DMU grad designs exclusive bakeware for National Trust
Charming ceramic designs have earned Alice Funge multiple awards and a lucrative commission by the UK’s largest conservation organisation.
The exclusive collection for the National Trust, created by the Design Crafts graduate from De Montfort University Leicester (DMU), is made of a neutral stoneware base overlaid with a French blue colour.
Alice’s distinctive four-piece range (144 items in total) features a National Trust scone recipe, in her late grandmother’s handwriting, and is now on sale in stores and online.
“This amazing opportunity has allowed me to work with a larger retailer, which has been a really good experience,” said the 22-year-old from Warwickshire.
Alice praises the support from DMU’s year-long Artist in Residence scheme - offering successful graduates free access to facilities to develop their craft - which she took up after graduating.
She said: “My residency gave me the space and facilities I needed to fulfil the National Trust order. The fact that I didn’t have to worry about the financial side of things was great.”
For each collection, Alice throws her pieces on the wheel, adds the colour and recipe by hand, and fires them in the kiln three times.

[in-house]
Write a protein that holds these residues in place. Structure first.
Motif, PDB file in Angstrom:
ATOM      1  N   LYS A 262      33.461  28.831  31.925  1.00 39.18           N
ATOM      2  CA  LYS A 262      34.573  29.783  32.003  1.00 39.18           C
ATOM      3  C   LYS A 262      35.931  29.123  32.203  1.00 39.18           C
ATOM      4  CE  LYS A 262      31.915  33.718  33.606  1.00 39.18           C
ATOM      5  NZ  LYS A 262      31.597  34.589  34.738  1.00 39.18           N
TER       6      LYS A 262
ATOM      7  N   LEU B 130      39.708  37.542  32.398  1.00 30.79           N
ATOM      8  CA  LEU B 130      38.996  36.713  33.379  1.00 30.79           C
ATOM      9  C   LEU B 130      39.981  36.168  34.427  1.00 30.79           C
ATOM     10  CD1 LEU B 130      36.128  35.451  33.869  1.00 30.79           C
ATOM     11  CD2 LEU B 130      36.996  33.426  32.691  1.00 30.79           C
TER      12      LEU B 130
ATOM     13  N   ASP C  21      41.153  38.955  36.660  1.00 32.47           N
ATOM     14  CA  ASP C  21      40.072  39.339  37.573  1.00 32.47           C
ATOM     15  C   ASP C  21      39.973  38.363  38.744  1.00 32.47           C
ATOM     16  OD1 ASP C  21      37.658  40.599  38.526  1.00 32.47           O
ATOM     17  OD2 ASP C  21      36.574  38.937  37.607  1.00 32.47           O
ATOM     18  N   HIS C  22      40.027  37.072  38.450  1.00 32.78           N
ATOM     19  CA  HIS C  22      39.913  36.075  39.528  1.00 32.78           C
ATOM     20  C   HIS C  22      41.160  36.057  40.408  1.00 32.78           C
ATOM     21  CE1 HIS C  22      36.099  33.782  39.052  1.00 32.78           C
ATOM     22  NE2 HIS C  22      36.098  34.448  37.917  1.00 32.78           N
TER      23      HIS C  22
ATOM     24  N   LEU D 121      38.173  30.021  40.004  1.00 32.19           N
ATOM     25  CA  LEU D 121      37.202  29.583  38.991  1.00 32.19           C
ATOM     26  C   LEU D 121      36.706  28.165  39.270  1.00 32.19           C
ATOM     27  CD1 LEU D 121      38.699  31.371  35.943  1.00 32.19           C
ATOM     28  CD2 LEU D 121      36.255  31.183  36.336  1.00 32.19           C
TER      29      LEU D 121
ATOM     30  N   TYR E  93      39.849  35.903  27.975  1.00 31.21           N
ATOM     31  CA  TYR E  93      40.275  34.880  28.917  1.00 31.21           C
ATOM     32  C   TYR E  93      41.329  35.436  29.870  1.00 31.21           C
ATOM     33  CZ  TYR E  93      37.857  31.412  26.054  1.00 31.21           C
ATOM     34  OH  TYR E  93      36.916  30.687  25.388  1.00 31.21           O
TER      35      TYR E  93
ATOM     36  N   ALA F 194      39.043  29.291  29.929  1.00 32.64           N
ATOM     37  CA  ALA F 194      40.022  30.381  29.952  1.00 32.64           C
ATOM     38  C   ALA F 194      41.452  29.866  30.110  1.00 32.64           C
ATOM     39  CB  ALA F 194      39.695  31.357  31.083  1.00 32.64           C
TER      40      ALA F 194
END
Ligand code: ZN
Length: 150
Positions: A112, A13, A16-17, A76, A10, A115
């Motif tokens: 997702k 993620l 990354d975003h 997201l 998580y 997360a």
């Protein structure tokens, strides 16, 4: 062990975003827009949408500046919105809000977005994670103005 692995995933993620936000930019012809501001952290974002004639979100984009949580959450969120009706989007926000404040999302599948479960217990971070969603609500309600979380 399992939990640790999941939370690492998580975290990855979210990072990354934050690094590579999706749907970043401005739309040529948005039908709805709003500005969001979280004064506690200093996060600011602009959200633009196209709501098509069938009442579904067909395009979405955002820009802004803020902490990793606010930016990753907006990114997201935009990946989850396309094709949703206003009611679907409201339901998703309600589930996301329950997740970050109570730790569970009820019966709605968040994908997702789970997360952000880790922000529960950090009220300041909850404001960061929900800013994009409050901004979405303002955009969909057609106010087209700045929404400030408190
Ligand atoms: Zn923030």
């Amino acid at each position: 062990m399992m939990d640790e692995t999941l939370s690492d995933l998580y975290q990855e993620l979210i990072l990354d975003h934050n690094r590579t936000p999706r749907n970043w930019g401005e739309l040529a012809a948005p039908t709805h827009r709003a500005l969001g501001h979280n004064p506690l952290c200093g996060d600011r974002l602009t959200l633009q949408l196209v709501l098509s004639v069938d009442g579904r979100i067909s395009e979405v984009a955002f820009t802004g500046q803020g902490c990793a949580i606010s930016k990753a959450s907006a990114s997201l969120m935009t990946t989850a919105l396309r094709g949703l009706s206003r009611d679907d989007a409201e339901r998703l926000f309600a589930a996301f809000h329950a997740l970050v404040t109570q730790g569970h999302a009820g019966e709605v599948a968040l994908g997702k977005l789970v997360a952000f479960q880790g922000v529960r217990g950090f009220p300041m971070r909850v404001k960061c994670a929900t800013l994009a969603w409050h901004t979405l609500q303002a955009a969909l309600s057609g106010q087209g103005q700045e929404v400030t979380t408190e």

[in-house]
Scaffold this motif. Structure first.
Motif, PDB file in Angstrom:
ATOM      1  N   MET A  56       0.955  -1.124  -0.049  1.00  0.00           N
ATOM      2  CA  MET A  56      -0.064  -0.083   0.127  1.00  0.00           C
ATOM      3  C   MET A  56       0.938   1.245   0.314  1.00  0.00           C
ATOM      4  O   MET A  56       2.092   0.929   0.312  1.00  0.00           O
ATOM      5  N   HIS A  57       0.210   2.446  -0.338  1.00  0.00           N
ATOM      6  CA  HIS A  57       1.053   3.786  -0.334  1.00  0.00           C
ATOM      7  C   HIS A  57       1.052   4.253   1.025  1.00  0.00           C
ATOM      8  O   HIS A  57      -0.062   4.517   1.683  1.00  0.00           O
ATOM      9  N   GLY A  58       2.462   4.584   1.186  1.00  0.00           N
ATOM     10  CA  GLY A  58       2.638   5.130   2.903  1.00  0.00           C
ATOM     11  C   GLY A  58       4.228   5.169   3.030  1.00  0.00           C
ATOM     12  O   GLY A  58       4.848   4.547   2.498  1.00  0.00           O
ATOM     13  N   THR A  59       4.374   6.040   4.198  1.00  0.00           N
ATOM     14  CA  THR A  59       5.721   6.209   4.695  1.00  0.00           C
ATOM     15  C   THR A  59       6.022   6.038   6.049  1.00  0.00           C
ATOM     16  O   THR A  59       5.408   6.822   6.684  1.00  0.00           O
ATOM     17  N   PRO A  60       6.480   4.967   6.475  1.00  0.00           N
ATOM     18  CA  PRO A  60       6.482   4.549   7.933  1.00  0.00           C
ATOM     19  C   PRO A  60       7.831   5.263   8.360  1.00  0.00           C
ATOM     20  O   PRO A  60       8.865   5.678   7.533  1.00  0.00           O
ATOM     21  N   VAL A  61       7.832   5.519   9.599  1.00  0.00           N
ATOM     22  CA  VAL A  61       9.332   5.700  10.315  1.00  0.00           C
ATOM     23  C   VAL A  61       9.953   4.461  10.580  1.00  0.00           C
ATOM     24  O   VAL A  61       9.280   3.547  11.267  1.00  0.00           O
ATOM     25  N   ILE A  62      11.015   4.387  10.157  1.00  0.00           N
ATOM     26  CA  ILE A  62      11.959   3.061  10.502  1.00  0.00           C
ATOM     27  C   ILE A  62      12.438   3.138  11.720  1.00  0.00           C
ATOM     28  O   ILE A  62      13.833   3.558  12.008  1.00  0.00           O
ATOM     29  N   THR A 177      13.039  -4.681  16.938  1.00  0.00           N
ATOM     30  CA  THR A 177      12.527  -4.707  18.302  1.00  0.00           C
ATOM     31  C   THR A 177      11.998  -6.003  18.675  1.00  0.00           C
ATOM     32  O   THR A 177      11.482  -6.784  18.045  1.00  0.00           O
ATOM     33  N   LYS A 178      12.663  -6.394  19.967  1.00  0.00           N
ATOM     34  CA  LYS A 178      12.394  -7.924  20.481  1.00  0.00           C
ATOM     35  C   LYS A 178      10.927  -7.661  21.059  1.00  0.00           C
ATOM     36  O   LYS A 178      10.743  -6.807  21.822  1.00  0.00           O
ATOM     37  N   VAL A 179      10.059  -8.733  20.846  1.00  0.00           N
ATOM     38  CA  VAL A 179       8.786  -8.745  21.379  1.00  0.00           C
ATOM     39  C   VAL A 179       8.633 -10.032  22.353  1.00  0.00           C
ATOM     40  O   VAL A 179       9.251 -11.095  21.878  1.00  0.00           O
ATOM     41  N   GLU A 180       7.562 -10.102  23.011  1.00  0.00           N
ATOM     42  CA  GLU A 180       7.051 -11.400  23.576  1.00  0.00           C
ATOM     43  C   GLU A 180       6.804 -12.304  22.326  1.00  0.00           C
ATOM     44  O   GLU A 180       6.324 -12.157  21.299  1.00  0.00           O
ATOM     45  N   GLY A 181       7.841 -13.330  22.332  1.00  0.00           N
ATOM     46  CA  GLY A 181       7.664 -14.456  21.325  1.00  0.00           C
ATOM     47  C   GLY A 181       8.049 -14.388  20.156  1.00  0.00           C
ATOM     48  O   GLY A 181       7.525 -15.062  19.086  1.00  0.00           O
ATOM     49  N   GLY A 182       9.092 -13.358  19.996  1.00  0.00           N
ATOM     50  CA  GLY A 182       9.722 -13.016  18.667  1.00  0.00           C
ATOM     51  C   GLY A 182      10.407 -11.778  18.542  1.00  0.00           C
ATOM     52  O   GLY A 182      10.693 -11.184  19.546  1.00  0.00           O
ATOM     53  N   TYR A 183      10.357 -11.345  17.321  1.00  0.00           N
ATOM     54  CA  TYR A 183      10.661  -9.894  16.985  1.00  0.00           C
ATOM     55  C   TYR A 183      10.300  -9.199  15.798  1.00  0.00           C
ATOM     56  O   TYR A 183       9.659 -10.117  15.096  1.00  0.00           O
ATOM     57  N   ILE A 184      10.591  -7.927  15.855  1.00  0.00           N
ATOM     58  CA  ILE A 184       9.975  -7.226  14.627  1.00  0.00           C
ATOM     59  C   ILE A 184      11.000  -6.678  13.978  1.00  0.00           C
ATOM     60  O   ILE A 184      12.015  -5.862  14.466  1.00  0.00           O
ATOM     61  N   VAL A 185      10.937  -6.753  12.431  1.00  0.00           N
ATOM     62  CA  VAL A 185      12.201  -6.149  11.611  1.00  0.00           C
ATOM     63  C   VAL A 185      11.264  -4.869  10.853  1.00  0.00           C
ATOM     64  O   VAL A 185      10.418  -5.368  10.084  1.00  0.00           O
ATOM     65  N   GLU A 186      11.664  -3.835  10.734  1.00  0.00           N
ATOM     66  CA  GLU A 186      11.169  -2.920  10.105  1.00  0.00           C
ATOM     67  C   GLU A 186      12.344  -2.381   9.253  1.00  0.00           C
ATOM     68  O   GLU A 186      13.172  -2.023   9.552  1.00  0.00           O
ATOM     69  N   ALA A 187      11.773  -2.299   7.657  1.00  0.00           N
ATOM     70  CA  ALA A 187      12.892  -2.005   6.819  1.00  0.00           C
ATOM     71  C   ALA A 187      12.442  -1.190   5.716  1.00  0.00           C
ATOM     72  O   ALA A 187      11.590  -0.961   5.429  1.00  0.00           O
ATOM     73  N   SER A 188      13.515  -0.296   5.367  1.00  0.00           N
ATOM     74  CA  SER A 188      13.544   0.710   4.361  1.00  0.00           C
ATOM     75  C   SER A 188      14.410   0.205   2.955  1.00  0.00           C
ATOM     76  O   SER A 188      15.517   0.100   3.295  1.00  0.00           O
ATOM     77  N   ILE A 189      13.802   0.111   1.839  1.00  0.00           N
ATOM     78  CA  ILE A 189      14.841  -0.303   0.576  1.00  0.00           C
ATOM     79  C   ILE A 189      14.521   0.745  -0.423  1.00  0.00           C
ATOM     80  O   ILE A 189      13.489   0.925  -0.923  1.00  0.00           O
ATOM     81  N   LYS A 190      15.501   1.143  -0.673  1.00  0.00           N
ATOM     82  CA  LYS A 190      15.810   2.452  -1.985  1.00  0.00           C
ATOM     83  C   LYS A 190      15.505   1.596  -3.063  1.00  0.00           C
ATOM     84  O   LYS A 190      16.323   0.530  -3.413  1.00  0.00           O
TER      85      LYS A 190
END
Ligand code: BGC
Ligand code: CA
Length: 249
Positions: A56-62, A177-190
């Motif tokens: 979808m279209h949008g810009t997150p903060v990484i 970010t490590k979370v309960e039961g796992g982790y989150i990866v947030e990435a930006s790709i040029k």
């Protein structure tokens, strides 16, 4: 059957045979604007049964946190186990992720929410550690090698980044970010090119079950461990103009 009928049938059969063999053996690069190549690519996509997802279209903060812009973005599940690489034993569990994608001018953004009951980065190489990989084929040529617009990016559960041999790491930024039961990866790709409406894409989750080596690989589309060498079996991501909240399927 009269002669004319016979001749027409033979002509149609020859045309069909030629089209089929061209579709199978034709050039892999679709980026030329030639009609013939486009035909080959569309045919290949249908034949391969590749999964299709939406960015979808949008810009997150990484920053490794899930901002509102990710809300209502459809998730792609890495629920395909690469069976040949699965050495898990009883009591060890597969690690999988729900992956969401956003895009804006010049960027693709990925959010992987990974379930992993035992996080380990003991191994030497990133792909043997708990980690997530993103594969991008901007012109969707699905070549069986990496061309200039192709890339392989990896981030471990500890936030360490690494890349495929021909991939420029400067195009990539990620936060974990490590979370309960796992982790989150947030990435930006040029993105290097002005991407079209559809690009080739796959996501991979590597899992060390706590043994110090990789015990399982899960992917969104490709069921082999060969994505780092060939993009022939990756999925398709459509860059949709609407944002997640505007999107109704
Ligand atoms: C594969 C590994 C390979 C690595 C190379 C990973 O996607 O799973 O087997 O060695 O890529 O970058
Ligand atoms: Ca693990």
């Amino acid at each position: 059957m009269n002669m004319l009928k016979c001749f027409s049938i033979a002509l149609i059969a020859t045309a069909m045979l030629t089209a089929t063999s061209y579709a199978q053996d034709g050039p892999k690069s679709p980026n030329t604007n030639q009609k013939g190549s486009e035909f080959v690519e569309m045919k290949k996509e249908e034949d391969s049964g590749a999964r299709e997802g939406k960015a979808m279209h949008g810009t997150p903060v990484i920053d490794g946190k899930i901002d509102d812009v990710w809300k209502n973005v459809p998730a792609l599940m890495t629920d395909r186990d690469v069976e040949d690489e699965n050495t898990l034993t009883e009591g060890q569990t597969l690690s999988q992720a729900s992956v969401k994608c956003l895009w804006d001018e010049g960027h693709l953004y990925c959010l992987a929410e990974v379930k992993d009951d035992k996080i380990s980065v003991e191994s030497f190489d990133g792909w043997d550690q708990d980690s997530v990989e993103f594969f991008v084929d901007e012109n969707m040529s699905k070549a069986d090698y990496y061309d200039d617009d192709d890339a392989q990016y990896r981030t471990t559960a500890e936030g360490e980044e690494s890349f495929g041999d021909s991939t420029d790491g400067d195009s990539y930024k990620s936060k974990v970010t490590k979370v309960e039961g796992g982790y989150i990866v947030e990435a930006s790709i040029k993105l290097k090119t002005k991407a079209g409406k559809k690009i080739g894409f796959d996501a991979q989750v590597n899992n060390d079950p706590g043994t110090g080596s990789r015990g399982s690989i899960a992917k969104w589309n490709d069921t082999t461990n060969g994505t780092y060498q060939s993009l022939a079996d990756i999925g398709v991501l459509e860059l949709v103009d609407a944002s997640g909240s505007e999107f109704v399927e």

“The whole process can take up to three weeks, but making them by hand means that every single one is entirely unique,” she said.
“I like to let the colour spill out over the side of the bowl to replicate the drip that might be left after pouring mixture out of a bowl when baking.
“For the National Trust collection, each piece features an inscription of their fruit scone recipe, which I chose because it’s so well-known and is served in their cafés all over England, Wales and Northern Ireland.”
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Incorporating her grandmother’s handwriting in her collections distinguishes Alice’s work and gives it a personal touch.
She said: “When I first started developing my designs, I asked my grandma to write out specific recipes for me.
“She recently passed away, but I still continue to use her writing on my work as a lasting legacy to her. She also wrote out my name, which I now use as my maker’s mark.”
Alice first became interested in working with clay during her degree at DMU, after exploring a variety of different materials and disciplines, such as glass and metalwork.
“I was always drawn back to the ceramics workshop,” she said.
“I love throwing on the wheel and the feel of the clay between my fingers. It’s a really creative discipline and you're always developing your style and skills.”
The commission came about after Alice won the inaugural National Trust Artisan and Craft Associate Prize last year at New Designers, one of the biggest platforms for emerging talent, during which DMU also scooped the coveted Best Stand Award.
This year Alice was chosen to exhibit as part of One Year In at New Designers, showcasing the top 100 new design businesses in the UK, which resulted in a sought-after Country Living Associate Prize including a free stand at the Country Living Spring Fair 2019.
Posted on: Friday 03 August 2018